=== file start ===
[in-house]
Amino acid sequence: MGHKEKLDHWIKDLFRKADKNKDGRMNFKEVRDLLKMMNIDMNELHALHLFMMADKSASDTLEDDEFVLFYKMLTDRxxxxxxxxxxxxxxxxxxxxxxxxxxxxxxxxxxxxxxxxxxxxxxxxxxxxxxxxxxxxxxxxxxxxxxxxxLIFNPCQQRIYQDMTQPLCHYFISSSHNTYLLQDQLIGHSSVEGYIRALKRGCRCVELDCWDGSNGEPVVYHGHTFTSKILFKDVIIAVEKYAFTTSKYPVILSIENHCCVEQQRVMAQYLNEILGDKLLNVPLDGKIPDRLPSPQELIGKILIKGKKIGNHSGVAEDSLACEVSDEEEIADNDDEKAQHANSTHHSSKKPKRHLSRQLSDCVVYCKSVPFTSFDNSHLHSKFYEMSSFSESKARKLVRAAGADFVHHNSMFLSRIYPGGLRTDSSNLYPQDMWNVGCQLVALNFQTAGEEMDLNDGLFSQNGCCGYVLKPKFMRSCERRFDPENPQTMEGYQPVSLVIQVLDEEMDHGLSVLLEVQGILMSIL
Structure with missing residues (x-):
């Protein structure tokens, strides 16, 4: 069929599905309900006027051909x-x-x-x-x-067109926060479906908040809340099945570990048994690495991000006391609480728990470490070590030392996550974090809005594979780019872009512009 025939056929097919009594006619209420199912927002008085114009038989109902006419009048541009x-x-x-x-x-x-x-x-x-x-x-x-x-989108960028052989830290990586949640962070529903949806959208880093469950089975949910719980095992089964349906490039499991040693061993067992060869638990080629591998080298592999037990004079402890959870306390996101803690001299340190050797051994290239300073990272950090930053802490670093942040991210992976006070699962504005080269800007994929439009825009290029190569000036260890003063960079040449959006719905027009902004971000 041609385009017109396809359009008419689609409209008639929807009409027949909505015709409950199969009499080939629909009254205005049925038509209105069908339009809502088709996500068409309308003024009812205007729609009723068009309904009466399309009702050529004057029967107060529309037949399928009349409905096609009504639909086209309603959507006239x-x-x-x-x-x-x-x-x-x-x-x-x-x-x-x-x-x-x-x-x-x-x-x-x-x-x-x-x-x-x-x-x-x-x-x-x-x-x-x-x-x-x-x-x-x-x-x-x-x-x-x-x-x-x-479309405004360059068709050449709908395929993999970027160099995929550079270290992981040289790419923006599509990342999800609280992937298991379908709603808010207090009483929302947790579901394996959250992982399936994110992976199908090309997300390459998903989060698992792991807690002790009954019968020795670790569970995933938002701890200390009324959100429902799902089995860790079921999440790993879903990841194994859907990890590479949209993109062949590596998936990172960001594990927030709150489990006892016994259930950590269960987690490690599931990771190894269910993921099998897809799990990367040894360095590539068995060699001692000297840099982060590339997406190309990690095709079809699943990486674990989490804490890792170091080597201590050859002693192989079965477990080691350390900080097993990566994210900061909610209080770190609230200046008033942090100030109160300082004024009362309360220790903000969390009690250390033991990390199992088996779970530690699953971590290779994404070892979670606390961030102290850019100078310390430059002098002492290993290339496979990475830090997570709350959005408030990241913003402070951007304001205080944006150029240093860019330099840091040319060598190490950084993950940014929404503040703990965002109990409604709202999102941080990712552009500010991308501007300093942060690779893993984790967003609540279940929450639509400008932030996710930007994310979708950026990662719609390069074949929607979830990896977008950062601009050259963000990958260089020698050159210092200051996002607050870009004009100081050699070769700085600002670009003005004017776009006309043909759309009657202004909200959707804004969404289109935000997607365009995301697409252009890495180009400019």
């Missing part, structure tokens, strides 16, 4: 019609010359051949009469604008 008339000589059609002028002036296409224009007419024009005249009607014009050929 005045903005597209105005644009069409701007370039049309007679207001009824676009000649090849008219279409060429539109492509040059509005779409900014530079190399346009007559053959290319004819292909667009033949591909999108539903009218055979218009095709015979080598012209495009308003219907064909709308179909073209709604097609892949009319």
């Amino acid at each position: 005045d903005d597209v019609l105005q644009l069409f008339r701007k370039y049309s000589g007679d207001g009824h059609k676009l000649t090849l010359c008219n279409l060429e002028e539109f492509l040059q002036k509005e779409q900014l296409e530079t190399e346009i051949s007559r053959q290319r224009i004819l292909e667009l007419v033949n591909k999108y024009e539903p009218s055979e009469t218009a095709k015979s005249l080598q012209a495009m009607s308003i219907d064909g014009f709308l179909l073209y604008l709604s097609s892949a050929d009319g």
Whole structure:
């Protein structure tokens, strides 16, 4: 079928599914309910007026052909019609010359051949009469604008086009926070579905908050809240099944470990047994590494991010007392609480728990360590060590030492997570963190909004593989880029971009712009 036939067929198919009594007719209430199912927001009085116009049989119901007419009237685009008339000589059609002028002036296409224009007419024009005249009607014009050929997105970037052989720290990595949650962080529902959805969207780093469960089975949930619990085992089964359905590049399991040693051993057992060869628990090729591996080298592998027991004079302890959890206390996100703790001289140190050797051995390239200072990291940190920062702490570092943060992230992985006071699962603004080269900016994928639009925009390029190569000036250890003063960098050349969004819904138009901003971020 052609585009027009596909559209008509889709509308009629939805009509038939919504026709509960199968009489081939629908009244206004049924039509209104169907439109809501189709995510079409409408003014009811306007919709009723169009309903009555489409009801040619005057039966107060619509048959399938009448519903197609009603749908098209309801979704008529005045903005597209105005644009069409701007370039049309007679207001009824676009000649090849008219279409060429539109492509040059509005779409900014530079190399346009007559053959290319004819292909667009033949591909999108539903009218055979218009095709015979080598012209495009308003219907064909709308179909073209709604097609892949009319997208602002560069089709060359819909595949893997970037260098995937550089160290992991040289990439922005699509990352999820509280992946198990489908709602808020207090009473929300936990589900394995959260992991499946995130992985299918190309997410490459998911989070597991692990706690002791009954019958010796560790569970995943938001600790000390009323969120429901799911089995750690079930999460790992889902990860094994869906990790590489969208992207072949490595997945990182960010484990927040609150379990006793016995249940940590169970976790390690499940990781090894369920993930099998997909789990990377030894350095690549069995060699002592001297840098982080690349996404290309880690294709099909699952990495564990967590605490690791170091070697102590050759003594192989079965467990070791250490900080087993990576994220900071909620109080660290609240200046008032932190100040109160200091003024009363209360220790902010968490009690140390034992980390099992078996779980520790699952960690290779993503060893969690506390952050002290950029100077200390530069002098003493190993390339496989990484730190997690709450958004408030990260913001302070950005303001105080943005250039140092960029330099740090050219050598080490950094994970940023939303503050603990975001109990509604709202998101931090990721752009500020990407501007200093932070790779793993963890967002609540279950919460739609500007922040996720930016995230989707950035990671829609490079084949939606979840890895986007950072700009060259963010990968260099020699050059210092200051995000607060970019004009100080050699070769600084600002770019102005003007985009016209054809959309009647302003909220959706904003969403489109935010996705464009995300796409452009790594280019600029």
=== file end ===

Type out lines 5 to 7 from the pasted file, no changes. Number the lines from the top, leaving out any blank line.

């Missing part, structure tokens, strides 16, 4: 019609010359051949009469604008 008339000589059609002028002036296409224009007419024009005249009607014009050929 005045903005597209105005644009069409701007370039049309007679207001009824676009000649090849008219279409060429539109492509040059509005779409900014530079190399346009007559053959290319004819292909667009033949591909999108539903009218055979218009095709015979080598012209495009308003219907064909709308179909073209709604097609892949009319």
């Amino acid at each position: 005045d903005d597209v019609l105005q644009l069409f008339r701007k370039y049309s000589g007679d207001g009824h059609k676009l000649t090849l010359c008219n279409l060429e002028e539109f492509l040059q002036k509005e779409q900014l296409e530079t190399e346009i051949s007559r053959q290319r224009i004819l292909e667009l007419v033949n591909k999108y024009e539903p009218s055979e009469t218009a095709k015979s005249l080598q012209a495009m009607s308003i219907d064909g014009f709308l179909l073209y604008l709604s097609s892949a050929d009319g």
Whole structure: